February 20, 2020

The journey of reconciliation isn’t always easy. The conflict in Israel-Palestine runs deep through history, society, and personal lives, and given the current political climate you can find yourself asking, “Do my actions really make a difference for peace?” At times, positive change can feel like a small drop in a very large bucket. However, over the past two weekends, two groups of Musalaha women gathered together, one a newly formed reconciliation group and one an alumni group where some had been on the journey with Musalaha for 30 years. As they shared life, meals, honest stories, debate, and laughter, I was profoundly encouraged to see that through genuine friendships and deep love for each other, grassroots change is happening, and hope for a better future is possible.

Our new women’s group gathering was held in Beit Jala where for most of the Israeli women, it was their first time traveling to the West Bank outside of military service. As one woman shared, “Before I came to Beit Jala I was scared because I didn’t know if it was safe for me to drive here alone or not. Now that I’ve been here I know it’s safe.” At this early stage in the reconciliation process there are many new realities, like this, to be exposed to and new perspectives to hear and learn from.

During the weekend, as well as sharing meals, games (who knew Bingo could be so much fun, or so competitive!) and conversations together, the group learned about the Obstacles to Reconciliation. There are four key obstacles that Musalaha deep-dives into: Ideological obstacles; our religious and political beliefs that shape our lived realities, Physical obstacles; boundaries like the Separation Wall and violence as well as misinformation, disinformation and a lack of information about each other, Emotional obstacles; symptoms of fear, suspicion, despair, and apathy that make it hard for us to talk to each other but that we must address in order to resolve the conflict, and Psychological obstacles; any form of prejudice we hold, whether subconsciously or consciously, against other people that leads us to believe we’re better than them.

At this stage the group opened up with extraordinary vulnerability and humility about the obstacles for reconciliation that their own people create, as well as those that the other side creates. “Racism, Occupation and military violence,” shared the Israeli women about their own people’s obstacles to peace, and “terror attacks, antisemitism and non-compromise”, they shared about the perceived obstacles created by Palestinians. “Corruption of the Palestinian Authorities, normalization concepts and not recognizing the difference between Judaism and Zionism,” shared the Palestinian women about their own people’s obstacles to reconciliation, and “Occupation, settlements, difference of narrative and international interference,” they shared about the perceived obstacles of Israelis.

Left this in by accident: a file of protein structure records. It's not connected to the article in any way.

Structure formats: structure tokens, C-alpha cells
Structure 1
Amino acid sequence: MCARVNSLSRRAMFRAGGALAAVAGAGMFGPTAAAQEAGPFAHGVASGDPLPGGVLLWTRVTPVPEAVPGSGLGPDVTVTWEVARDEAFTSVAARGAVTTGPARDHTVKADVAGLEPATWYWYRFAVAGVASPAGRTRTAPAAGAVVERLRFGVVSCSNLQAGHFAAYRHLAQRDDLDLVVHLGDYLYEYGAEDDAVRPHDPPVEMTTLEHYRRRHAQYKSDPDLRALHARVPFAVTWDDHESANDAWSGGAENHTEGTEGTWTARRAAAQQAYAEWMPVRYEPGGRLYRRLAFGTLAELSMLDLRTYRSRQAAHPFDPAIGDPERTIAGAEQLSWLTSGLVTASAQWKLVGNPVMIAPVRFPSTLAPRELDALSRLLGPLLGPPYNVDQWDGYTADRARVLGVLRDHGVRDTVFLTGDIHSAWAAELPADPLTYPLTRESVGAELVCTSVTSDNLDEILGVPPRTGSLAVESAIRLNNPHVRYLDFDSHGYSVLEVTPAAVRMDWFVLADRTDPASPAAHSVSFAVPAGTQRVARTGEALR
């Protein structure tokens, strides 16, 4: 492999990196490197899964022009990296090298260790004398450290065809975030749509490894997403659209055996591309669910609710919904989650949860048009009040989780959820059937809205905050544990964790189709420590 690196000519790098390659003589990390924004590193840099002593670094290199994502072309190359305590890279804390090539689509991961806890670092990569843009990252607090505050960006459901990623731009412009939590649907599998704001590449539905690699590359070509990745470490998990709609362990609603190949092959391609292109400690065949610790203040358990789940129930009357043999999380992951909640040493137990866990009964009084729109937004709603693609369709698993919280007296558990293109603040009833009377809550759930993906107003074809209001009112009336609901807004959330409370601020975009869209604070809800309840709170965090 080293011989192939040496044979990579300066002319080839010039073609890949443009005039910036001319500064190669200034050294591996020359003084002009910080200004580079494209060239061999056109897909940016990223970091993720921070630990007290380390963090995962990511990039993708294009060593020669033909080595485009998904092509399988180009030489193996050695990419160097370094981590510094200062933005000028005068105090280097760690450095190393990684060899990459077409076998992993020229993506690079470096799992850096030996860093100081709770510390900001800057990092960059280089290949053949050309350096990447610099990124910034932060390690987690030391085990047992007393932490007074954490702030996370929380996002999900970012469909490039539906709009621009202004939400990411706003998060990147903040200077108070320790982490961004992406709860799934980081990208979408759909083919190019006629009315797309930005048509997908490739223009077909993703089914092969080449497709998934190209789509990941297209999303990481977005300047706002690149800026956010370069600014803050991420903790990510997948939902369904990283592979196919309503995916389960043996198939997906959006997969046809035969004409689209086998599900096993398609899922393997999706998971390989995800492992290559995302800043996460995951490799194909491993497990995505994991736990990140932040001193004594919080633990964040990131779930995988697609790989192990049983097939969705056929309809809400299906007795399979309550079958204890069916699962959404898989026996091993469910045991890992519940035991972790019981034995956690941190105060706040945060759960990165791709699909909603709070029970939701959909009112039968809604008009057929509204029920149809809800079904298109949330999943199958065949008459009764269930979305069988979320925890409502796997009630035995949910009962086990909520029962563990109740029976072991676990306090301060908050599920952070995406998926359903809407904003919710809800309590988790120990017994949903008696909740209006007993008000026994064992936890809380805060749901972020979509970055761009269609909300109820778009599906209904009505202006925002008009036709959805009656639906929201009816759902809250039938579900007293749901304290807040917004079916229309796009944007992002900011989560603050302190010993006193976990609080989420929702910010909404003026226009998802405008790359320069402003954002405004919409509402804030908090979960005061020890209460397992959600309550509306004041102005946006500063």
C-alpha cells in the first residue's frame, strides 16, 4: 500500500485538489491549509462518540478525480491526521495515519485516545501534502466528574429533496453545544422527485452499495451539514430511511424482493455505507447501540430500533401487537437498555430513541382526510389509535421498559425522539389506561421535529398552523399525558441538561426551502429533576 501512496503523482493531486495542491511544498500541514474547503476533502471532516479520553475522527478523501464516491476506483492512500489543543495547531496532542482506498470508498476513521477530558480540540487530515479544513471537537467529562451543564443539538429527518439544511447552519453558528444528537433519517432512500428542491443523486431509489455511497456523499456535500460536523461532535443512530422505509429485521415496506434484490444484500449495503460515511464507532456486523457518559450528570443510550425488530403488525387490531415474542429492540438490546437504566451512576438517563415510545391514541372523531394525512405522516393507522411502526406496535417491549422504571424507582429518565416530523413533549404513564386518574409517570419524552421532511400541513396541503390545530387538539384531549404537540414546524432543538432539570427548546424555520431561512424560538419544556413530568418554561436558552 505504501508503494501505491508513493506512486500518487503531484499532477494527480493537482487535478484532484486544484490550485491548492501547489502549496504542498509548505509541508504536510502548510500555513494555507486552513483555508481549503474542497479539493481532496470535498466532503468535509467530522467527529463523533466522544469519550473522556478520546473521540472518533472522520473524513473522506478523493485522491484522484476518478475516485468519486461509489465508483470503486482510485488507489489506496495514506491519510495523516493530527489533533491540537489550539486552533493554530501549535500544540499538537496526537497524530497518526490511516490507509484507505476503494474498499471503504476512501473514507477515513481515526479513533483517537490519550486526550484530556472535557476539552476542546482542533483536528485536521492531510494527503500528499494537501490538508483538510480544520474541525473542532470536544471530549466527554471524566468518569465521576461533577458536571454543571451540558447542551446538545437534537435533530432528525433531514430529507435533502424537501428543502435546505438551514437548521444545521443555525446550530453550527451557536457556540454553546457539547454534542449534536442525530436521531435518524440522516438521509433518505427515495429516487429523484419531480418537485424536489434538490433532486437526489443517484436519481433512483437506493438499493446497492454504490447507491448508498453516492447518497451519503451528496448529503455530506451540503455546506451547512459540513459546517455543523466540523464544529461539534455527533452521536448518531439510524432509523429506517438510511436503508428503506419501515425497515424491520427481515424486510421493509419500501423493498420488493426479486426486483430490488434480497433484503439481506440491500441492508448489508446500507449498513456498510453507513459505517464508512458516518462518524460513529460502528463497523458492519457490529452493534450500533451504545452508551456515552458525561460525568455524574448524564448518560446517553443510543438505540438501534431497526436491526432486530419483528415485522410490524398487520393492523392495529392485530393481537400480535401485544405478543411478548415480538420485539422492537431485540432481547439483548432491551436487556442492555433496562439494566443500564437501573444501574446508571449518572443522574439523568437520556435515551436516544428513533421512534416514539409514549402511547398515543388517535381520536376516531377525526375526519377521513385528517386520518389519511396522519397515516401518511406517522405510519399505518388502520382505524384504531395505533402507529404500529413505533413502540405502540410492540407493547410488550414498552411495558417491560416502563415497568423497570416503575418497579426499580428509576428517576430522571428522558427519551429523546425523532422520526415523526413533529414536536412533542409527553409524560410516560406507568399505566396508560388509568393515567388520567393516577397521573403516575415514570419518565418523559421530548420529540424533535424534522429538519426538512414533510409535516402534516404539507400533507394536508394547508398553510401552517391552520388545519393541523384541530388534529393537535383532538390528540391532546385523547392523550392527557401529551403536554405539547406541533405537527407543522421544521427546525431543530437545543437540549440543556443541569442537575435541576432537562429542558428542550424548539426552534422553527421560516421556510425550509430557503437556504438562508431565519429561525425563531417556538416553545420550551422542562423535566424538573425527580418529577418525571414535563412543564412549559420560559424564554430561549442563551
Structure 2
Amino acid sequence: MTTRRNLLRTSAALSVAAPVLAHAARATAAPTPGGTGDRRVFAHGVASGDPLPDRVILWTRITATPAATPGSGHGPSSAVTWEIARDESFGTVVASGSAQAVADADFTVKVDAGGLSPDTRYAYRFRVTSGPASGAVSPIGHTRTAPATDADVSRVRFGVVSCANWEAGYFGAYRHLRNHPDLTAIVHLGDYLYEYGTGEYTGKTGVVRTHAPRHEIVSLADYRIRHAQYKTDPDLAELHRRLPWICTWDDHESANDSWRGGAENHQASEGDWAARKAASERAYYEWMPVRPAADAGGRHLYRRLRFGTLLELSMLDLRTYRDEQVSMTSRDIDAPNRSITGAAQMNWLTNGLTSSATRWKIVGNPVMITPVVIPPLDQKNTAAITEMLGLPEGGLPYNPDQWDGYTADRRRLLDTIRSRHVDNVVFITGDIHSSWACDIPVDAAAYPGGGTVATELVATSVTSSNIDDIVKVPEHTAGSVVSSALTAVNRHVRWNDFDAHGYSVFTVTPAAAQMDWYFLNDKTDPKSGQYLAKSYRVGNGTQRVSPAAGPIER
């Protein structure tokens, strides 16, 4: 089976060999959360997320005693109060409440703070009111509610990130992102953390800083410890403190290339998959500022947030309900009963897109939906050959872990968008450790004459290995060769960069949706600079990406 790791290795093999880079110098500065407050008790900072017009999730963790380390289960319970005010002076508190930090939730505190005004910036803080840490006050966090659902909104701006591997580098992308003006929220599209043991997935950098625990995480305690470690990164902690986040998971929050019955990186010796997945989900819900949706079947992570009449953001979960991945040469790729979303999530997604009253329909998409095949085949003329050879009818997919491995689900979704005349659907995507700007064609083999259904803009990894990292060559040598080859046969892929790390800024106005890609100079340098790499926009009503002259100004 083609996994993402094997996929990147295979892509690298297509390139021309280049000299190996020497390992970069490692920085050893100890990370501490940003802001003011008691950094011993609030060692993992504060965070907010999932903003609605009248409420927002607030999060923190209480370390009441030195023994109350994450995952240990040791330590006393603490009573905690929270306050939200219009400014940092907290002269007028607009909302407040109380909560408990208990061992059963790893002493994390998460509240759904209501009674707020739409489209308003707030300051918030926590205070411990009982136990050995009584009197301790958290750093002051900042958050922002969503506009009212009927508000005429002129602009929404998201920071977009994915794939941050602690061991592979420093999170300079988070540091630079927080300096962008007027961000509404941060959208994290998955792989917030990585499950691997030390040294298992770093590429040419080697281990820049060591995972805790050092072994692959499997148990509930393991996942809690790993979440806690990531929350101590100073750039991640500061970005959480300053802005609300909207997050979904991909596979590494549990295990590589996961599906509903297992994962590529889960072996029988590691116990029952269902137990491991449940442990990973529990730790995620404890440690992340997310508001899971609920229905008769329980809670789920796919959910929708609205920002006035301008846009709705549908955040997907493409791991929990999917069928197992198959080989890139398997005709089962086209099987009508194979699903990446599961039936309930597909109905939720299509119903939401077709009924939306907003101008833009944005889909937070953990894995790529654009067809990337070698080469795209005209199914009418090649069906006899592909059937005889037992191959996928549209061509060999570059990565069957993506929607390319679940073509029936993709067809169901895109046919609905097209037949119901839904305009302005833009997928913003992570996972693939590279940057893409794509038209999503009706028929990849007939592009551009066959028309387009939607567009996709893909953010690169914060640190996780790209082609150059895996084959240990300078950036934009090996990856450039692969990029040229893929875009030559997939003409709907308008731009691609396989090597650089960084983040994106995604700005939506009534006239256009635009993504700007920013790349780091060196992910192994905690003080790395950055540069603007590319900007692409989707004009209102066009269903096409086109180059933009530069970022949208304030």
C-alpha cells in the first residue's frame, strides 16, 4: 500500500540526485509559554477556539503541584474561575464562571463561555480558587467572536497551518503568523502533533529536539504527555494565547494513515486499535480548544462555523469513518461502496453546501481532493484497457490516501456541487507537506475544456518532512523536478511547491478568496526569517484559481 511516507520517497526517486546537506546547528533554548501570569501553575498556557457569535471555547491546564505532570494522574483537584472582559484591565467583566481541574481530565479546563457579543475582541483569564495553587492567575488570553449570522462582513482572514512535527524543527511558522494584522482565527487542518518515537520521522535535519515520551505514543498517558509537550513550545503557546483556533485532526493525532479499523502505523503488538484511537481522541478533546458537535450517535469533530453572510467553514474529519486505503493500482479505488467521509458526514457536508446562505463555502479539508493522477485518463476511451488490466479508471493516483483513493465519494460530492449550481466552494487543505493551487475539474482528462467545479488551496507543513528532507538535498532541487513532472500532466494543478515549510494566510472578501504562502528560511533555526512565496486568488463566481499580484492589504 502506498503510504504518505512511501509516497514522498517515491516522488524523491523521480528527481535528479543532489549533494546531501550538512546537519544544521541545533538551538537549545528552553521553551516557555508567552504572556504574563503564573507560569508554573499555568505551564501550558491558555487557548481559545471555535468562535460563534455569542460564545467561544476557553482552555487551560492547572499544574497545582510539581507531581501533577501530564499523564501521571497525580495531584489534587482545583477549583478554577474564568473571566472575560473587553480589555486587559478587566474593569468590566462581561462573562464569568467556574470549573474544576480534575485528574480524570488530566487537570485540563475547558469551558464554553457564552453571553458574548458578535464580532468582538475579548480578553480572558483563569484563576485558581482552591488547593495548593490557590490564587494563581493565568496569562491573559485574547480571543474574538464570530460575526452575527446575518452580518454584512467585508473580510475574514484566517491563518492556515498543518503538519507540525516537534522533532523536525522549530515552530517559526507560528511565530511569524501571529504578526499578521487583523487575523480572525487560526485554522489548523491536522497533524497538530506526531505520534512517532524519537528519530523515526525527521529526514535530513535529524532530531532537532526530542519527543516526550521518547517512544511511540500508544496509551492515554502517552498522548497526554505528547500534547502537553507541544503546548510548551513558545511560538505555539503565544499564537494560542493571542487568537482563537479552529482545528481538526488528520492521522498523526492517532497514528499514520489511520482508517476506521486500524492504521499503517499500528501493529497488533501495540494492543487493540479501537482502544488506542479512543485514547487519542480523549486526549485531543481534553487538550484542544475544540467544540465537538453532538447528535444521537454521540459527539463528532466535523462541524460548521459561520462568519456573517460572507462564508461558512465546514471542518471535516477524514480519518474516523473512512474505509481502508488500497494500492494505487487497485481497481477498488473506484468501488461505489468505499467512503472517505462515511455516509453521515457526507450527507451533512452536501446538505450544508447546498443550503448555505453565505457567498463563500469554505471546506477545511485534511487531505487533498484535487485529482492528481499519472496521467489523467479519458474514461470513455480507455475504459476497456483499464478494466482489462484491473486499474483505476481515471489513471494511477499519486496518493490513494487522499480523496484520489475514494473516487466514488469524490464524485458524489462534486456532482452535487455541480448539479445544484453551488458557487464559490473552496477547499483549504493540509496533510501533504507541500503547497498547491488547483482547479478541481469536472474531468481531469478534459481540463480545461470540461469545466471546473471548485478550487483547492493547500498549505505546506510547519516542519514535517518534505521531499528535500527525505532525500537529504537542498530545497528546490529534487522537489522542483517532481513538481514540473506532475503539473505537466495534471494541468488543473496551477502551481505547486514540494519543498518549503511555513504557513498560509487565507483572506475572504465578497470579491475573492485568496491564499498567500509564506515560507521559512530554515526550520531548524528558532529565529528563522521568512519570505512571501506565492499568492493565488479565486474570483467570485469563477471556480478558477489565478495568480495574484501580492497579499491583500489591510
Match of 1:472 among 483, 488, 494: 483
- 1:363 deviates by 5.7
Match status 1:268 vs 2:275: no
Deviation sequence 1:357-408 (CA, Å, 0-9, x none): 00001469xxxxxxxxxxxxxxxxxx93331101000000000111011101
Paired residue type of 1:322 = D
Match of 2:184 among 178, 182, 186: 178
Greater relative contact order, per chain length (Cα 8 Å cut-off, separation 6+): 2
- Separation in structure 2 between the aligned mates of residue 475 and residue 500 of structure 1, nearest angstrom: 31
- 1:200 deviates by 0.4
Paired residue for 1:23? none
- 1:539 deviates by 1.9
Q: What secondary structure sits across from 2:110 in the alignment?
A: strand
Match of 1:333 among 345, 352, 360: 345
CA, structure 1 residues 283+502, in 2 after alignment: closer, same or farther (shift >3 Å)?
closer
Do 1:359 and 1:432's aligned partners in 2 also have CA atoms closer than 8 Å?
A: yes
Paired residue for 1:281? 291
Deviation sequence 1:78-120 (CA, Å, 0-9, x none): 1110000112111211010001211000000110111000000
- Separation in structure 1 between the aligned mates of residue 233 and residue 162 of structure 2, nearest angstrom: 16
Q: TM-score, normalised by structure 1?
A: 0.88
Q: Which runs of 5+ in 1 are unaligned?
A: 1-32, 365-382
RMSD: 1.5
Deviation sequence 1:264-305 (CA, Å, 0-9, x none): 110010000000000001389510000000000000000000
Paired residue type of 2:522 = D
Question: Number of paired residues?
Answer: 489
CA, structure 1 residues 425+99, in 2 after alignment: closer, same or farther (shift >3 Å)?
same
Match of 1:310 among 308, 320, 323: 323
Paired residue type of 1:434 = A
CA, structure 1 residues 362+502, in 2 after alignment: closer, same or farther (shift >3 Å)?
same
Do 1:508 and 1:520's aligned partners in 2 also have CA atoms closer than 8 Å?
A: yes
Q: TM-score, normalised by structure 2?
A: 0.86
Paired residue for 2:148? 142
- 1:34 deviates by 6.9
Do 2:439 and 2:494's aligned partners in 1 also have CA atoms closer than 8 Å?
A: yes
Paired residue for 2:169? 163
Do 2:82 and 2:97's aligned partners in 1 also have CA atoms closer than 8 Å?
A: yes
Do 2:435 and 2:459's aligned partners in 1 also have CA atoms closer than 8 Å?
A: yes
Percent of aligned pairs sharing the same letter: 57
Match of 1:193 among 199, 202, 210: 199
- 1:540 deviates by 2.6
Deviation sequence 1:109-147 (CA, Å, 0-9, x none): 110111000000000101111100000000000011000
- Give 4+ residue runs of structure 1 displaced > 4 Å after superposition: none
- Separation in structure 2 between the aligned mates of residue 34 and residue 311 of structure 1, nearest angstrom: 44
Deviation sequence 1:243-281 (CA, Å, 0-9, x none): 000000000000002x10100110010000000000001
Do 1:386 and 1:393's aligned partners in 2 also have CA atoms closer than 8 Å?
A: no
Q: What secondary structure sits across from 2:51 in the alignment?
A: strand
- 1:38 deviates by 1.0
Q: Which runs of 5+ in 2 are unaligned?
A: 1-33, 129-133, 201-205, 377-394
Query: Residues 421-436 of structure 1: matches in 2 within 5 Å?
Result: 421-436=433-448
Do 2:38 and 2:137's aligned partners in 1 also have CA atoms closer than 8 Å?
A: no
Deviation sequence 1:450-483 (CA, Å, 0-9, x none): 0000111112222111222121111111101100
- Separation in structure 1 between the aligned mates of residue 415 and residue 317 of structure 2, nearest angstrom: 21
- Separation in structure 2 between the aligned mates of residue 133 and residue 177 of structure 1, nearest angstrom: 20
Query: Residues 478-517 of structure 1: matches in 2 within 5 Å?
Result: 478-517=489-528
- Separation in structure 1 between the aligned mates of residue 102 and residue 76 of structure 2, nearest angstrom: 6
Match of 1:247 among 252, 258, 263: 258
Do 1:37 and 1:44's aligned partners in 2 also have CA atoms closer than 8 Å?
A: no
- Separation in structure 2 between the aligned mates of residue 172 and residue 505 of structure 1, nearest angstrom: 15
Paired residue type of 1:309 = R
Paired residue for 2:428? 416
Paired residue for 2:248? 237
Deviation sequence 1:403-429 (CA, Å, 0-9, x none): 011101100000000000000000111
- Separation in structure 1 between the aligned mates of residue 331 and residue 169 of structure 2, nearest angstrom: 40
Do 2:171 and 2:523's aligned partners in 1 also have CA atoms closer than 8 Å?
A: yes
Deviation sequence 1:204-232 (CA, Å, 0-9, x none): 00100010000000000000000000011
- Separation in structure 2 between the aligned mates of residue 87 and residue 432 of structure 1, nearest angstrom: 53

In this honest, raw space, the group was encouraged that it’s okay and it’s important to hold different perspectives, and that it’s also okay to disagree, but the true beauty of reconciliation is found in our shared humanity. As the group’s teacher said, “Reconciliation is a life commitment, it’s a lifestyle. It’s not like a math problem you can find an easy solution to.” There is no quick fix solution to intractable conflict. That’s why Musalaha believes in the power of engaging long-term with the Contact Hypothesis; that the more we interact with the other, and the more we truly get to know the other, the less prejudice we will have toward the other which in turn, changes our actions for peace.

It was evident through the group’s reflections at the end of the gathering that there is pain and frustration in realizing that the journey toward reconciliation is no small feat, yet simultaneously, there is always hope for peace and change. One woman expressed this by sharing, “When you truly get to know each other, you get closer and the fear goes away.” Another woman reflected on how re-identifying in who you are and reintegrating with your community as a peacemaker can feel exhausting when you take in the big picture of the conflict and the level of change required in all of us. There is no quick fix solution to the intractable conflict.

The next weekend, a self-initiated gathering of Musalaha alumni women took place in Tiberias. Some of the women had been part of Musalaha for three years, while others had been members since the organization was first created 30 years ago. 16 women, mostly local but representing 9 countries, came together to share their languages, traditions, cultures, faith, and food. As they prayed, cooked, laughed and told their origin stories there was a love so deep within their friendships that you could almost tangibly feel it in the room. Years of grappling with the obstacles to reconciliation, of identifying and dealing with prejudice, and seeking to truly understand and advocate for each other had created the fruits of genuine friendship where love and justice co-exist. As one woman put it at the end of the weekend, “I didn’t solve the problems of the world this weekend. I didn’t come close. But this is my corner of the world, where I’m responsible. And here there is peace.”

In New Zealand we have a Māori proverb that inspires me to commit to endeavors for justice. It came to life for me in witnessing the intimate friendships and change in the alumni women’s group through reconciliation, and I want to encourage those women who have just started on the journey for peace with it: Kia kaha, Kia māia, Kia manawanui – Be strong, be brave, be willing. The journey for reconciliation isn’t always easy. But change is beautiful, change is happening, and change starts with us. Don’t give up. Be strong, be brave and be willing to live out reconciliation for a peaceful future.


Musalaha Intern 2020,
Sophie Rice